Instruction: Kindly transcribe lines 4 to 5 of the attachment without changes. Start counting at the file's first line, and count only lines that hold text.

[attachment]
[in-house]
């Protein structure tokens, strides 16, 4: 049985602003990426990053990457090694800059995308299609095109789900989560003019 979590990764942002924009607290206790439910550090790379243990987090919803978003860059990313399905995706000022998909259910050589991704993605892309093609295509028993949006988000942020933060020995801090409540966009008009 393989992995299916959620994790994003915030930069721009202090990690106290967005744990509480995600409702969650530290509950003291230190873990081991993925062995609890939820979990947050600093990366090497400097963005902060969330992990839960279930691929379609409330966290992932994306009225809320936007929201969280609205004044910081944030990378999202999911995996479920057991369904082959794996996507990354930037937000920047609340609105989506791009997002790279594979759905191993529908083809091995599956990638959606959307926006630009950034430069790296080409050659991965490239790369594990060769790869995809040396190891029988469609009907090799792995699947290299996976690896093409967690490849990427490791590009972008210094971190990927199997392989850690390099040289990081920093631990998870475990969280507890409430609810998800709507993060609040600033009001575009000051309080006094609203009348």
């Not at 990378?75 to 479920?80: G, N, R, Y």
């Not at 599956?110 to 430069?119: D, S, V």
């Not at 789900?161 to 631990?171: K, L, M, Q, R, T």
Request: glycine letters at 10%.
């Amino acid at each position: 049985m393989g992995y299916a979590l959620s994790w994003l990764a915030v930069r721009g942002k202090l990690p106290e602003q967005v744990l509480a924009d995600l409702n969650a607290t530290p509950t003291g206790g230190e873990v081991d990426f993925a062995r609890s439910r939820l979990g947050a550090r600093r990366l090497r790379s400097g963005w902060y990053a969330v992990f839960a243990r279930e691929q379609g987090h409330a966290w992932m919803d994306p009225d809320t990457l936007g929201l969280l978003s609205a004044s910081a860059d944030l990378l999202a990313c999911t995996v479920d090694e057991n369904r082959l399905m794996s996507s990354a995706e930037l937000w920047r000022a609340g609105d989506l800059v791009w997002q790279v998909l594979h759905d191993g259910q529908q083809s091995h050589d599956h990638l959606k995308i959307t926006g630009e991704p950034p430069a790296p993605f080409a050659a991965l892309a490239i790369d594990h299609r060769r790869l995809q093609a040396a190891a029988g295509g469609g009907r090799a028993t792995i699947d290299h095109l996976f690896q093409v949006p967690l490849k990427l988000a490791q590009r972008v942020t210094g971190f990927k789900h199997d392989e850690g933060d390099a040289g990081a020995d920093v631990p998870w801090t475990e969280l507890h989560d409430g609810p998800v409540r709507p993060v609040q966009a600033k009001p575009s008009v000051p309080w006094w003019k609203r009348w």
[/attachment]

């Not at 599956?110 to 430069?119: D, S, V």
């Not at 789900?161 to 631990?171: K, L, M, Q, R, T």